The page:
Lorena Garcia

Lorena Garcia

If we expect to climb out of the economic crisis that was foisted upon us by the pandemic, we will need every resident of Colorado to pitch in. But what happens when some are prohibited from doing so? That would mean we are missing out on opportunities to maximize Colorado’s recovery. Right now, Colorado is limiting all of us by limiting the full economic participation of residents who cannot prove lawful presence.

Also read: POINT | Dems' immigration bills insult veterans

Fifteen years ago, Colorado passed laws that failed to recognize just how important immigrants were to our economy, our civil society, and our social conscience. Now, we have the opportunity to change 15 years of bad policy. In 2007, the year after these draconian laws were implemented, news outlets across the state reported a $2 million increase in expenses due to the increase in workload — the cost of verifying every single applicant’s lawful presence. At the same time, they reported zero savings. Clearly, these laws have only added cost and administrative burden to our state.

According to the New American Economy, immigrants who cannot prove lawful presence contribute $140.9 million in state and local taxes, not to mention the $231.7 million in federal taxes that support our infrastructure, education, social services, and other community benefits — all while being prohibited from applying for public benefits when they need them.

SB21-199 eliminates these laws and affirmatively states that people who qualify for these benefits may apply for state and local public benefits without proof of lawful presence. By denying this population access to benefits when they are needed, we have been sending the message that we want their labor, and we want their taxes, but we do not want to help them in return. We are better than this. 

Every single community and industry is supported by the labor and buying power of Colorado’s residents who cannot prove lawful presence. Passing SB21-199 will take us one step closer to living up to Colorado’s values of hard work, integrity, patience, discipline, and an unyielding spirit to achieve one’s dreams, and ensuring that all of our hard-working residents are considered part of our society.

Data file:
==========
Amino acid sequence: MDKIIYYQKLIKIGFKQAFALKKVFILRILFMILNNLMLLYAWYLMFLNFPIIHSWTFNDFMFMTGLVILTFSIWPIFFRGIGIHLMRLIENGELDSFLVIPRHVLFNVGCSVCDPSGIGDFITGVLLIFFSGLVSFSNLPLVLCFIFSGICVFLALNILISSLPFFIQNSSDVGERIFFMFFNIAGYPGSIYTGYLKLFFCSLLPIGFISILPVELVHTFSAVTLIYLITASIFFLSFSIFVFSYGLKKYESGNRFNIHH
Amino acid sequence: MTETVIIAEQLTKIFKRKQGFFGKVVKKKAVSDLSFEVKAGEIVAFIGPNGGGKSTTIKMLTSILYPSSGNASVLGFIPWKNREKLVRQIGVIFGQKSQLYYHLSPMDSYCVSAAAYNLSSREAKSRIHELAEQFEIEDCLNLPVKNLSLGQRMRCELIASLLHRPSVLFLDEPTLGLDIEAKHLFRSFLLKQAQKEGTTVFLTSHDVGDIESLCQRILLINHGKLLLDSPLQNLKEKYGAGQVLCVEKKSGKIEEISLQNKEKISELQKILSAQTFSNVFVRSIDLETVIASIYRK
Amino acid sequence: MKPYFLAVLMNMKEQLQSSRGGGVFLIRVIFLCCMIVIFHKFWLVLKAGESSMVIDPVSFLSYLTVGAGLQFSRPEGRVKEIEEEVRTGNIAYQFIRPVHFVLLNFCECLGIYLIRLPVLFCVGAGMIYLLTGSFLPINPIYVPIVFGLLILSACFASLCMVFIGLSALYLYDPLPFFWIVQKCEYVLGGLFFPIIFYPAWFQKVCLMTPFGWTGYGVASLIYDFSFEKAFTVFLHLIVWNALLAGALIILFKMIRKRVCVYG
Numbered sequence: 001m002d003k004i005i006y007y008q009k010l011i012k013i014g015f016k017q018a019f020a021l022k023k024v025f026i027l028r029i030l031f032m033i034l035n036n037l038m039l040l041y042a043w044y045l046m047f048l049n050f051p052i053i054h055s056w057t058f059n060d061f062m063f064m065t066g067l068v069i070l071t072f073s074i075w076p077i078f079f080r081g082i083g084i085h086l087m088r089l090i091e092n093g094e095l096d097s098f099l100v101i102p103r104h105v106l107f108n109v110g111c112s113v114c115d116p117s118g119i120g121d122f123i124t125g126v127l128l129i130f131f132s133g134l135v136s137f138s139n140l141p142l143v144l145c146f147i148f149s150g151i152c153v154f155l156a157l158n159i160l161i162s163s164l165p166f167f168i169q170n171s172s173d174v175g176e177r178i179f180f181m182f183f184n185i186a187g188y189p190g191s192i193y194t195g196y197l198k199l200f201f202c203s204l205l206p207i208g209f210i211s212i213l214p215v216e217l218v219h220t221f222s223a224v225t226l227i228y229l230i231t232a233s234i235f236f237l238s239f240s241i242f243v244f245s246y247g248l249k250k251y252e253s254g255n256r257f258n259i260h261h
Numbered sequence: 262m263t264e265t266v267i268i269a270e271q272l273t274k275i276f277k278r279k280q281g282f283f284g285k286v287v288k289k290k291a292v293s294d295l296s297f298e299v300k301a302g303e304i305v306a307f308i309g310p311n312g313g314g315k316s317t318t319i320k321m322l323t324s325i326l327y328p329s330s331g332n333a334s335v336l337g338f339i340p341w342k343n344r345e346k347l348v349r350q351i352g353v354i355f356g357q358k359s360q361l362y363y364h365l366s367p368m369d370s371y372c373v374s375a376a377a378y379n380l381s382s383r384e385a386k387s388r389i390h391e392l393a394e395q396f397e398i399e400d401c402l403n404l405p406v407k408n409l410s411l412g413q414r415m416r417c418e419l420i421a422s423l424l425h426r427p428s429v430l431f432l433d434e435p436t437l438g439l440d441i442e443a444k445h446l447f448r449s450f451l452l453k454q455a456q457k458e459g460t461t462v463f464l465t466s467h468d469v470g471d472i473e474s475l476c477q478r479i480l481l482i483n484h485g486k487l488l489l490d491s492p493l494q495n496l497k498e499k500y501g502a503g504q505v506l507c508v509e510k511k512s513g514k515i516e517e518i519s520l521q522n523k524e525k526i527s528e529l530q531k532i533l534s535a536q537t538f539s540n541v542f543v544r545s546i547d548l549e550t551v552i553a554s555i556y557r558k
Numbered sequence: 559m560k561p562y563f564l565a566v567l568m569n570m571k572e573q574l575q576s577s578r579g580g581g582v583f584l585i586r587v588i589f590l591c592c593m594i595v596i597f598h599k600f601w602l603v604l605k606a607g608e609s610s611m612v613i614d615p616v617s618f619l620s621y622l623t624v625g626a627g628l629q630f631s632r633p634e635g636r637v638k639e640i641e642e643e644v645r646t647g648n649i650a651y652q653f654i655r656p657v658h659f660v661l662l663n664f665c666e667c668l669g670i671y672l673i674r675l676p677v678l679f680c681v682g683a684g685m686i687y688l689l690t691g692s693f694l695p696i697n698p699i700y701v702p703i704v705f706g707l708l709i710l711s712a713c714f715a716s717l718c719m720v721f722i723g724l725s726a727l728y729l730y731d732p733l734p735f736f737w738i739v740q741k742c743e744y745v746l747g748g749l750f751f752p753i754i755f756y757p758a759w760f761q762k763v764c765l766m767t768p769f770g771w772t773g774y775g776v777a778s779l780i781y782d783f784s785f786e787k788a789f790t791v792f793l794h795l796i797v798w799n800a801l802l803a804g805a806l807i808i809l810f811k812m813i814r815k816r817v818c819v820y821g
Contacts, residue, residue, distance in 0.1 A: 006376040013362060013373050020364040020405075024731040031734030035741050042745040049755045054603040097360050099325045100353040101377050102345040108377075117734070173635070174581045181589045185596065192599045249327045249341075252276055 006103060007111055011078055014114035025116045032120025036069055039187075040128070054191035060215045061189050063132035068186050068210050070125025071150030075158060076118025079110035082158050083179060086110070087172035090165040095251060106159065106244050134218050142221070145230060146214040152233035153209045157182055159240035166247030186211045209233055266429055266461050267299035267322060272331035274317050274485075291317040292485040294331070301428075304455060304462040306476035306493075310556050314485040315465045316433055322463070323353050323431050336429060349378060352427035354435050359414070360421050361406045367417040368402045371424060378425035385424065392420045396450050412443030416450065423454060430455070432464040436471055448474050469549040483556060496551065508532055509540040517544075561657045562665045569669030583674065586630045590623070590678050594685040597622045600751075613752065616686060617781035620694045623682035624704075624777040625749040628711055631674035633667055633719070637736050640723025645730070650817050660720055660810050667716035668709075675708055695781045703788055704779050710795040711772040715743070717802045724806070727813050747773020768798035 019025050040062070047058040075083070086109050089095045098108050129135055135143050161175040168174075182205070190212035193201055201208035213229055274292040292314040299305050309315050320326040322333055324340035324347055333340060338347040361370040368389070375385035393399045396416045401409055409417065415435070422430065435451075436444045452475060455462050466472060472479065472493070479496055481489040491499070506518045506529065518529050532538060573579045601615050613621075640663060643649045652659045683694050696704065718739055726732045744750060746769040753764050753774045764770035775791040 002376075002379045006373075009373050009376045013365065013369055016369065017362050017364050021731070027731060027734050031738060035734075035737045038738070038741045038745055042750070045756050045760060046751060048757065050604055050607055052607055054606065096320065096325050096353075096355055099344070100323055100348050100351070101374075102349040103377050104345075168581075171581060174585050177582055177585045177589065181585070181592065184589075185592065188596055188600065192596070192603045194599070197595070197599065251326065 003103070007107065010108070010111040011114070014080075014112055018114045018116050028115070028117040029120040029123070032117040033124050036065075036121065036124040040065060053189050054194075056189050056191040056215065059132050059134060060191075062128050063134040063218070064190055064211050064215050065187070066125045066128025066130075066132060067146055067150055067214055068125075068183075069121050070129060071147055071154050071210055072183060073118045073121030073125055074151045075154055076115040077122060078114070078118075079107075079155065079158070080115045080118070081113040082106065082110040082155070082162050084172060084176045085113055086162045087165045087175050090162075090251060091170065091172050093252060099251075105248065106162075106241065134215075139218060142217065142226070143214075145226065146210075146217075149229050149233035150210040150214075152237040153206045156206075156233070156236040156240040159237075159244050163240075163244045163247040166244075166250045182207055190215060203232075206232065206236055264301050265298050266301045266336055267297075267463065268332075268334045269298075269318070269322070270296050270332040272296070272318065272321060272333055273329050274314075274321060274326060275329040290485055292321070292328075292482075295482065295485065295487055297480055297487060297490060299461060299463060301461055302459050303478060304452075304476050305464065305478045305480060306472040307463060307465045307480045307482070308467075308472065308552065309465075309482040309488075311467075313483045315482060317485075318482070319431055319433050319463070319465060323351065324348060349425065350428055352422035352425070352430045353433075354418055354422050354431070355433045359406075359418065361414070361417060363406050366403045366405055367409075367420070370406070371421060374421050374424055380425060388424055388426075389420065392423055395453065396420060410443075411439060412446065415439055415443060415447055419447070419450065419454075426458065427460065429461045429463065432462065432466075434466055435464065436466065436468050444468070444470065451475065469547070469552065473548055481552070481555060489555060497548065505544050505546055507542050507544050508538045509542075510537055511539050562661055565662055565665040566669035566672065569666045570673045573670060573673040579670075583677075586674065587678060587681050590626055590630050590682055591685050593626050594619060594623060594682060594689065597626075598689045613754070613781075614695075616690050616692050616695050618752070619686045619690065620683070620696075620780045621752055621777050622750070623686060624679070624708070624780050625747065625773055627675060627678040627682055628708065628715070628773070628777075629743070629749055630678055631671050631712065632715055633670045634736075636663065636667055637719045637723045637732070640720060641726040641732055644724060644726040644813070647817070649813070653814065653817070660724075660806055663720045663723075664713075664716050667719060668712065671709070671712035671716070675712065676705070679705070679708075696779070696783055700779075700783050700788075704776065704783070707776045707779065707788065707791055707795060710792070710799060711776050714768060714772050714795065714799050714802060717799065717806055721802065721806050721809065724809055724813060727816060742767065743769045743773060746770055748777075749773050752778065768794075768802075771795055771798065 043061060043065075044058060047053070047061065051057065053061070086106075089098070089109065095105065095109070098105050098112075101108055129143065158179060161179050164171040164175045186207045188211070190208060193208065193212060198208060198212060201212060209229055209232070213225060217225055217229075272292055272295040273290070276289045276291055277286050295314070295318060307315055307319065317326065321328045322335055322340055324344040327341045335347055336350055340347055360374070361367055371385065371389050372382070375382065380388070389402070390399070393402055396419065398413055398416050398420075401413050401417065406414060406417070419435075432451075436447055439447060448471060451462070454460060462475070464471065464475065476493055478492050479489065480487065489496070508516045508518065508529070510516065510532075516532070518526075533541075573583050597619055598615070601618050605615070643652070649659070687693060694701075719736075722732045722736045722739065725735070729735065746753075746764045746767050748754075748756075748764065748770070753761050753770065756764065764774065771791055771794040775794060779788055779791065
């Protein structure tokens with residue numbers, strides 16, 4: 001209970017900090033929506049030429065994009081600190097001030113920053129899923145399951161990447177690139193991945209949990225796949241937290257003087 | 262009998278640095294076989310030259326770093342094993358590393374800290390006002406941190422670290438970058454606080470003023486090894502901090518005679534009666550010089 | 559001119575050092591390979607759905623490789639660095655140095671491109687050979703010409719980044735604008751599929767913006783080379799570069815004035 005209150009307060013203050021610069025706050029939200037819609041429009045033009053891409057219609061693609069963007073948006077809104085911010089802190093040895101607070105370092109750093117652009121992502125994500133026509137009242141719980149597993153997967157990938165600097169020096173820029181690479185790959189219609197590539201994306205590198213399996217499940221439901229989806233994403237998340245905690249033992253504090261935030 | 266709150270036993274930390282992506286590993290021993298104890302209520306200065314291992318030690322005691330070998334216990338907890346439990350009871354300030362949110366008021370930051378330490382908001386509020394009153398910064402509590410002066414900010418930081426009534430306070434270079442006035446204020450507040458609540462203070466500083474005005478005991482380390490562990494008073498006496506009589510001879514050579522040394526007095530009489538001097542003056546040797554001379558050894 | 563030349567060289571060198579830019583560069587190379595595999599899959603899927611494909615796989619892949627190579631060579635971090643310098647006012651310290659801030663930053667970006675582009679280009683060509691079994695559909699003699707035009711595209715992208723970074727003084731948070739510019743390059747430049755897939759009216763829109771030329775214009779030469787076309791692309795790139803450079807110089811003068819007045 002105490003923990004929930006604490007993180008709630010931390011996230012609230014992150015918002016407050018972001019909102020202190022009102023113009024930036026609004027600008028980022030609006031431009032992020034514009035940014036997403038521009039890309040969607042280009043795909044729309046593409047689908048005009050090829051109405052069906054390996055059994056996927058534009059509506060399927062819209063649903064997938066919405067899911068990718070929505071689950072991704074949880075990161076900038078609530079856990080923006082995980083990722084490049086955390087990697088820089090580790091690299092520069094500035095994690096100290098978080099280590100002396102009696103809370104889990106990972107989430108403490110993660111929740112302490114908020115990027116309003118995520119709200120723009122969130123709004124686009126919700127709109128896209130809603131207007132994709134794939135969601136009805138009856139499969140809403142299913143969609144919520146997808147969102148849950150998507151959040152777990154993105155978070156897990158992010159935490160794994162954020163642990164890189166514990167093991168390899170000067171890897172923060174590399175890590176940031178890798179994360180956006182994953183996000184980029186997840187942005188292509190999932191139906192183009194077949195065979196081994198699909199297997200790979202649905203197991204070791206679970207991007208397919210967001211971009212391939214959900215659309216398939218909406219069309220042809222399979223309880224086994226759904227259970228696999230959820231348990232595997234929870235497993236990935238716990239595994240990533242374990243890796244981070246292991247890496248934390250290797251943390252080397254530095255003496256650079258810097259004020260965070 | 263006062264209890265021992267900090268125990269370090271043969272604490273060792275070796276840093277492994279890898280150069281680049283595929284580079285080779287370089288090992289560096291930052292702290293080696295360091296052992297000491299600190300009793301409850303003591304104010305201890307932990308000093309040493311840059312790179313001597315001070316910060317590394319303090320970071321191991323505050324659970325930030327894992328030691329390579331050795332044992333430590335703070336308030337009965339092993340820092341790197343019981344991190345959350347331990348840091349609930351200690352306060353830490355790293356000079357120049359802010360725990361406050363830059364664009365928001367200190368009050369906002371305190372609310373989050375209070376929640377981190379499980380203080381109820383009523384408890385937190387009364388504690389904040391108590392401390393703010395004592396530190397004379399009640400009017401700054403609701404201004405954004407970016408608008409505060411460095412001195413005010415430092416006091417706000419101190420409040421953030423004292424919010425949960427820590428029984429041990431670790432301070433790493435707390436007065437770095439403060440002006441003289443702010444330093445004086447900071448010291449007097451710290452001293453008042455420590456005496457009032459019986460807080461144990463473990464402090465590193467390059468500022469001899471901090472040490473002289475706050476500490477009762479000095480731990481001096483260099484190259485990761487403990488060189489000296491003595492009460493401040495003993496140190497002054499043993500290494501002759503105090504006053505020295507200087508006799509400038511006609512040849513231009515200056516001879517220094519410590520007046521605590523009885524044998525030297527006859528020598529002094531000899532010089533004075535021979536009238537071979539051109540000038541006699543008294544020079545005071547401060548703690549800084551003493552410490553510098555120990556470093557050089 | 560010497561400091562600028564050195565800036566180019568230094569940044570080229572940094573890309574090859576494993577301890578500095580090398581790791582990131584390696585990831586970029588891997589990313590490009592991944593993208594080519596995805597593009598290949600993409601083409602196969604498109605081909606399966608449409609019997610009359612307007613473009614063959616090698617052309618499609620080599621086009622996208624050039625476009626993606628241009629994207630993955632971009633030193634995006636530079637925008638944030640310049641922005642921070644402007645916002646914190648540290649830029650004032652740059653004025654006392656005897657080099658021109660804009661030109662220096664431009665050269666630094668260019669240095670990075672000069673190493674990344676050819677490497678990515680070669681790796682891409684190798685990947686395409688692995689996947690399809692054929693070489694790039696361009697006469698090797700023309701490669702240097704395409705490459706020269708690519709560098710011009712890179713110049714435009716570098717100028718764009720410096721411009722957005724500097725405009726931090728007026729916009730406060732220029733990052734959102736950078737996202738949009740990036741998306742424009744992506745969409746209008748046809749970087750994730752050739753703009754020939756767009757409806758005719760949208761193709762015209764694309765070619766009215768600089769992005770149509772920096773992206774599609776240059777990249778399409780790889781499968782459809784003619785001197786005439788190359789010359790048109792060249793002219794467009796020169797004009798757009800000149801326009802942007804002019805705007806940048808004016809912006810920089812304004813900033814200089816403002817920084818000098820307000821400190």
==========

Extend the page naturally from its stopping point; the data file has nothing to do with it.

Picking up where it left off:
Today we know that immigrants are indispensable. We have seen proof that residents who cannot prove lawful presence rise to the occasion even in dire and difficult situations. For example, during the pandemic, our immigrant communities faced higher rates of COVID-19 in part because they kept working essential jobs to make sure you and I could eat, our parents could receive care in nursing homes, and childcare was available to allow doctors and nurses and grocery store workers to keep working. The inner workings of our society, those systems and tasks that so often go unnoticed, kept functioning thanks in large part to immigrant workers. It is long past time that Colorado recognizes the immigrant population as essential, valuable, and reliable. 

Passing SB21-199 will support Colorado’s economic recovery by allowing qualified, trained professionals to start businesses, apply for contracts, grants, and loans, and fill in the growing labor gap in Colorado’s industries. 

After the counterproductive costs of 2006 and the sudden economic crisis of 2020, it’s time to let our policies reflect the impact of immigrants on our economy and society — not the backward bigotry that scared us into creating these reversible restrictions in the first place. 

Lorena Garcia is the executive director of the Colorado Statewide Parent Coalition, a statewide organization that strives to create and promote equity in education. She also convenes the Removing Barriers Coalition made up of over 200 organizations, agencies, businesses, and community leaders across the state, backing SB21-199.

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